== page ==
99% of software projects do not need a CI pipeline.
Don’t waste time trying to create the perfect deployment process, it is a form of technical masturbation.
Your users don’t care what programming language you use.
It is more important to understand different programming paradigms, than a large number of languages.
Keep your functions and class methods short. Under 50 lines, and in most cases far less.
Requirements gathering should be like sculpting a statue. Start with a rough outline, and use iteration and feedback to refine and polish.
Don’t be afraid to recycle code.
Do not bother to deliberately memorise large amounts of syntax that is easily available as an online resource. Save that capacity for more abstract concepts.
During requirements gathering, what is not said can be more important than what is said. Politics, Organisation culture, and other intangibles matter. Account for them when creating your product.
The more developers that are assigned to a delayed project, the longer that project will take to deliver.
Functionality and aesthetics are more closely related than may think.
95% of SaaS businesses can be replaced with a spreadsheet.
If you only have enough time to make the design great or the architecture great, choose the former. Users are much more forgiving when they love the look and feel of a product.
Under promise and over deliver.
Decentralise your architecture as much as possible, even at the expense of efficiency
The only start-up you should be working for is your own.
The meaning of the word start-up has become so diluted as to become meaningless. If you’re not worried if you’re going to go bankrupt next month, you’re not working for a start-up.
If you're a developer, It is better to work for managers who are non-technical. Technical managers will concentrate on what they know best (technology), vs. outcomes. This lends itself to endless (pointless) debates over the tech stack and architecture.
An average developer who is a great communicator will be far more successful than a great developer who is an average communicator.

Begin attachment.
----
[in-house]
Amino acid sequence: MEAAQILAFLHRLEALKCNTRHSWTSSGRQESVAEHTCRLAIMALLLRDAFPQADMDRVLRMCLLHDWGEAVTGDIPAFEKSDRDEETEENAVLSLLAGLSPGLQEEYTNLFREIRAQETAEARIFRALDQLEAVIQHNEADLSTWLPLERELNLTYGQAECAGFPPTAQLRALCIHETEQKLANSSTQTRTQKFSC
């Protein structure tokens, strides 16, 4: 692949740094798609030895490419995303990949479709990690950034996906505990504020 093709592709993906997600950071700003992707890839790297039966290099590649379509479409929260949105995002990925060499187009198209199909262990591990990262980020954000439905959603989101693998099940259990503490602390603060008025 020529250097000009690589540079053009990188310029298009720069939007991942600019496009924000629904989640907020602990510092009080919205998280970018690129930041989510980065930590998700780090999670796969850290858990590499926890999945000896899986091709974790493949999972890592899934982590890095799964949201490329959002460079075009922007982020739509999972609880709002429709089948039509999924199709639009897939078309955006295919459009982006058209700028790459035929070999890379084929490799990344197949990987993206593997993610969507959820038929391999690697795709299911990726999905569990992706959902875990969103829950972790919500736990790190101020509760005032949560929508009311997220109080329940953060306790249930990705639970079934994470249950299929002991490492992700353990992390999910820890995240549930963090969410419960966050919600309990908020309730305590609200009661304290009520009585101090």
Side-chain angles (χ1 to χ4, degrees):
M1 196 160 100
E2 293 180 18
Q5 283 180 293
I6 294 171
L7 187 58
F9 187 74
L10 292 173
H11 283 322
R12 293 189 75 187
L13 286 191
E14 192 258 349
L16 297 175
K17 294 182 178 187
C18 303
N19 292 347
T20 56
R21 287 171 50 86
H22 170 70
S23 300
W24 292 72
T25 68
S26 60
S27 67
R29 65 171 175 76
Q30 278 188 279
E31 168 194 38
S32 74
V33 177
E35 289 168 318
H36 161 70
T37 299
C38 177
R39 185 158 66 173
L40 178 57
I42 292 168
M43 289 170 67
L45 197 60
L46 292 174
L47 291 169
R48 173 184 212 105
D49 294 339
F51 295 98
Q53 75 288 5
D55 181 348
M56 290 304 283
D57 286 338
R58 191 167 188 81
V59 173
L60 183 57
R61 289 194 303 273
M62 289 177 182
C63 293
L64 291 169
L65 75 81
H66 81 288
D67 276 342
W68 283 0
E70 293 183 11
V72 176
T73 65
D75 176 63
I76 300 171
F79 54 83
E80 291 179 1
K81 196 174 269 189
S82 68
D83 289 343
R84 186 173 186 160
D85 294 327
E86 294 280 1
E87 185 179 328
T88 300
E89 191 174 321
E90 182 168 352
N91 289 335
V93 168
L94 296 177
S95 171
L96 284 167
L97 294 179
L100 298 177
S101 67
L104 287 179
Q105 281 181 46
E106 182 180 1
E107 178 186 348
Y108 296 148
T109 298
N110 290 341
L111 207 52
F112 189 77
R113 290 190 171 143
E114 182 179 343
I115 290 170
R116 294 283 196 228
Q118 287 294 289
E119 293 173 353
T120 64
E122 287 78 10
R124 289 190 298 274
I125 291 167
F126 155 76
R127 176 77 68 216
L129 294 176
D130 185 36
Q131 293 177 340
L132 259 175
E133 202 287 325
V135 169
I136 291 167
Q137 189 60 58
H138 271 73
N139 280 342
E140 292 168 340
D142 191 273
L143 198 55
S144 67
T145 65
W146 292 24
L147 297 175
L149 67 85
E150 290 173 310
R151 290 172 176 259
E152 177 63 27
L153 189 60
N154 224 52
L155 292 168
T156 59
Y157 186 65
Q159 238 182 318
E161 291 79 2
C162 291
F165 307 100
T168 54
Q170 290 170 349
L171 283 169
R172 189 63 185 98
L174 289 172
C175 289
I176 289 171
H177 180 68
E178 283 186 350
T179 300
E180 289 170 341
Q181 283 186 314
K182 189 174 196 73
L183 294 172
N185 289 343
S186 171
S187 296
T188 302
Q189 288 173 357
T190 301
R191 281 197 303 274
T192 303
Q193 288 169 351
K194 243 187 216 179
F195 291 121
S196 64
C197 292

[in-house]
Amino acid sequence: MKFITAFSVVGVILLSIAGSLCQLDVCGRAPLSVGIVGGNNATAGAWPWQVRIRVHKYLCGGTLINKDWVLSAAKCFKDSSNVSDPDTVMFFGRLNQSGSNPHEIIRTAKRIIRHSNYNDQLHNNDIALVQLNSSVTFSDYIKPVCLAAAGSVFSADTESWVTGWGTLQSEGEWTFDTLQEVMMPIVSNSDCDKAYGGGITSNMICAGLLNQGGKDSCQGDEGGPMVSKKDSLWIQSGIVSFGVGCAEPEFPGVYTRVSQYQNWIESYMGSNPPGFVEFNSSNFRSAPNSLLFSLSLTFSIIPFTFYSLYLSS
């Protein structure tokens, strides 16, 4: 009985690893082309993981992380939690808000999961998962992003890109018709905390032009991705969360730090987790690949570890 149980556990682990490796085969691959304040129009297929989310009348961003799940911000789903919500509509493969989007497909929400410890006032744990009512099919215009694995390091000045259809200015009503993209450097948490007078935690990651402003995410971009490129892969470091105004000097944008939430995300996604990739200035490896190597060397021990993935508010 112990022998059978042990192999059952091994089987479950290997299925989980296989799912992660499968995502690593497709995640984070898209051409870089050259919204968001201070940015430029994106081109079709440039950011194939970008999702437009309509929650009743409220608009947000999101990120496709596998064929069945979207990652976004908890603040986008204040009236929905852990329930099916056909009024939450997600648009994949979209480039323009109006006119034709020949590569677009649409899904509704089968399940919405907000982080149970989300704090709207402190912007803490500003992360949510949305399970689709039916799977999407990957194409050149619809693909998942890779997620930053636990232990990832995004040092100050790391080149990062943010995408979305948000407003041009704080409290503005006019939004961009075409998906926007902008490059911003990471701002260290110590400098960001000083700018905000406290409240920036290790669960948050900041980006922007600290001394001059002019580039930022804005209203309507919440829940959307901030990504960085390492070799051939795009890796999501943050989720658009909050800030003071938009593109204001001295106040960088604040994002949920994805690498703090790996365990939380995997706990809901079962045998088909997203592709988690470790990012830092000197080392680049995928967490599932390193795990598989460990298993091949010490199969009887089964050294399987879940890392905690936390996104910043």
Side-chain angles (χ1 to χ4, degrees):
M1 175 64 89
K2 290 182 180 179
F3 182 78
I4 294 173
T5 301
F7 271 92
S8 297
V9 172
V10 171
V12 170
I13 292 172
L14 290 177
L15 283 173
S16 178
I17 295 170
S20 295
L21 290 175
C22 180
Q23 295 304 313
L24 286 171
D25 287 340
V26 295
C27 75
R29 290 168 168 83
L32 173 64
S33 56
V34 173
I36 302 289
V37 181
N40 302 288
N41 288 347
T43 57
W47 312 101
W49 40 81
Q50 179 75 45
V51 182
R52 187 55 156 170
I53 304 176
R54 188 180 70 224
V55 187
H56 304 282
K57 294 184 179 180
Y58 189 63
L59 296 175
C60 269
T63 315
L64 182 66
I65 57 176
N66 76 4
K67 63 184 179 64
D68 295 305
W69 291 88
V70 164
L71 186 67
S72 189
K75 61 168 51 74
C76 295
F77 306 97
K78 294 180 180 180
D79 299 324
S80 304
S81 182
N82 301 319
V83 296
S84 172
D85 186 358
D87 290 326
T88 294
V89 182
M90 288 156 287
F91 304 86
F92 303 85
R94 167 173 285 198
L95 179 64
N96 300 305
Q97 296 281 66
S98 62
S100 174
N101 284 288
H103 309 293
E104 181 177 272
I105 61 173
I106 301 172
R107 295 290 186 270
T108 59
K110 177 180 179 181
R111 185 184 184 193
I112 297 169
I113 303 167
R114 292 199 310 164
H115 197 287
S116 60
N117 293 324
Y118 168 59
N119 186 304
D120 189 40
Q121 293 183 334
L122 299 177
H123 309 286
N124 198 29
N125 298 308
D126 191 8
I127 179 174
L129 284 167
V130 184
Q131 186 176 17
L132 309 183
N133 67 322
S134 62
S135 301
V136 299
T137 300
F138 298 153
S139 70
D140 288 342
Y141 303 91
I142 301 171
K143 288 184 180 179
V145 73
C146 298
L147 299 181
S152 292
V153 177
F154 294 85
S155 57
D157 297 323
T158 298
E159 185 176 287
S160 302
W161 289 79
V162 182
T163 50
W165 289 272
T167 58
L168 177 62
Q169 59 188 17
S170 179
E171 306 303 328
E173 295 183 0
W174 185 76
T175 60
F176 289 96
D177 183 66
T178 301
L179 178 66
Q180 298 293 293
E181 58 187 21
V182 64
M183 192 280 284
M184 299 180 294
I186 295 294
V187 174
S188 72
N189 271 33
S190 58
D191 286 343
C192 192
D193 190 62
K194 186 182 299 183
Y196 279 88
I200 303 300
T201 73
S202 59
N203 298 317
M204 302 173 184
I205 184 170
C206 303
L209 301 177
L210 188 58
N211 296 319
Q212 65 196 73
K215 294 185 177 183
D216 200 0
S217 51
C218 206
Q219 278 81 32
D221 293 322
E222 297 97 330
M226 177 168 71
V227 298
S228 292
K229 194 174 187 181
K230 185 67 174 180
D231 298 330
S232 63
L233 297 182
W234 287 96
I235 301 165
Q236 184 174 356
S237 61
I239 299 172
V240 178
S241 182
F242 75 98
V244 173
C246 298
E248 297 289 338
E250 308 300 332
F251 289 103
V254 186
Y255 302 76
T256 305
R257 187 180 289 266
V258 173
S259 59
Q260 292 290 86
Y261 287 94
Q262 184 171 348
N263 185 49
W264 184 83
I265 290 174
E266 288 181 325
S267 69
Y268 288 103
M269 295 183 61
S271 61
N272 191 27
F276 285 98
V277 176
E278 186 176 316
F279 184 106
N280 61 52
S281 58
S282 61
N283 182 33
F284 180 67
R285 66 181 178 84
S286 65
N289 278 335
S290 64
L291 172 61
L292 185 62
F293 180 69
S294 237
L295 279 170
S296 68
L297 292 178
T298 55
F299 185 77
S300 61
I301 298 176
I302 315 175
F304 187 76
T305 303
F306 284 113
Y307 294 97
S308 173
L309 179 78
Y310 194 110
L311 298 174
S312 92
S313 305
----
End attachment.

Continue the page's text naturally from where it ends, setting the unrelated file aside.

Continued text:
The last ten years have been about big data, AI, processing power, and storage. The next ten years will be about perfecting human computer interaction to enable users to generate insight from it.
It takes far more effort to write simple code, than it does to write complex code.
Context switching is cancer to productivity.
Have the courage to keep your daily stand up comments brief. Resist the urge to ‘pad out’ what you are doing.
Most of the team aren’t listening to your daily stand-up, they’re thinking about what they are going to say, or have already said.
Most of your career will be spent developing CRUD apps, in one form or another.
If you’re writing a feature that has to interact with another system within your organisation, increase your time estimate by a factor of four. If you work in the financial sector, increase it by a factor of eight.
For every database table you create, add ‘created’ and ‘updated’ timestamp fields. This will future proof the queries you make.
Reduce database tables to the smallest atomic unit possible. If you’re re-using a selector frequently, create a new table for it and use a foreignkey.
It is better to store irrelevant data in a table, than it is to prune data you don’t think is relevant, only to add it later. Data storage is cheap. Development time is not.
100% of projects need version control. Develop the discipline to use it well.
You are a truly great developer when you remove more lines of code than you write.
Software is easy. People are hard.
Never disable Copy / Paste in your app.
Debugging code is twice as hard as writing it. Therefore, don’t try to make your code too clever.
UX is the art of misdirection. And a beautiful UX will misdirect beautifully.
Not every developer is a designer, but every developer should treat the user as their compass.